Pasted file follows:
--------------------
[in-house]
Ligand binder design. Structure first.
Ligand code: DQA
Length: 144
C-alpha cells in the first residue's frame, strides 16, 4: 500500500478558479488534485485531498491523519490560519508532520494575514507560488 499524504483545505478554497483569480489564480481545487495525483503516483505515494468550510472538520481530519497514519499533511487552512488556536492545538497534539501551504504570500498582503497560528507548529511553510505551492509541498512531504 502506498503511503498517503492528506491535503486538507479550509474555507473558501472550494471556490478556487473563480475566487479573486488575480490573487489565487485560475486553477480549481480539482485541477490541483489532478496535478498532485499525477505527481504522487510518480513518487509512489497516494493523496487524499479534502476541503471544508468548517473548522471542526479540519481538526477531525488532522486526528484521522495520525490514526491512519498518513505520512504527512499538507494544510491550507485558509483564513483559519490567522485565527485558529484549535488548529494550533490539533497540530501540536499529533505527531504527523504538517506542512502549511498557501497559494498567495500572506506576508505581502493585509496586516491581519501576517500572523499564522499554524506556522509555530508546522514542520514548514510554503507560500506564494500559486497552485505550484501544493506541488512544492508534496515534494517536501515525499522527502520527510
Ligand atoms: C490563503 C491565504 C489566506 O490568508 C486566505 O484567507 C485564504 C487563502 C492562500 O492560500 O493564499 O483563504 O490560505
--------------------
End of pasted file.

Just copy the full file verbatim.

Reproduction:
[in-house]
Ligand binder design. Structure first.
Ligand code: DQA
Length: 144
C-alpha cells in the first residue's frame, strides 16, 4: 500500500478558479488534485485531498491523519490560519508532520494575514507560488 499524504483545505478554497483569480489564480481545487495525483503516483505515494468550510472538520481530519497514519499533511487552512488556536492545538497534539501551504504570500498582503497560528507548529511553510505551492509541498512531504 502506498503511503498517503492528506491535503486538507479550509474555507473558501472550494471556490478556487473563480475566487479573486488575480490573487489565487485560475486553477480549481480539482485541477490541483489532478496535478498532485499525477505527481504522487510518480513518487509512489497516494493523496487524499479534502476541503471544508468548517473548522471542526479540519481538526477531525488532522486526528484521522495520525490514526491512519498518513505520512504527512499538507494544510491550507485558509483564513483559519490567522485565527485558529484549535488548529494550533490539533497540530501540536499529533505527531504527523504538517506542512502549511498557501497559494498567495500572506506576508505581502493585509496586516491581519501576517500572523499564522499554524506556522509555530508546522514542520514548514510554503507560500506564494500559486497552485505550484501544493506541488512544492508534496515534494517536501515525499522527502520527510
Ligand atoms: C490563503 C491565504 C489566506 O490568508 C486566505 O484567507 C485564504 C487563502 C492562500 O492560500 O493564499 O483563504 O490560505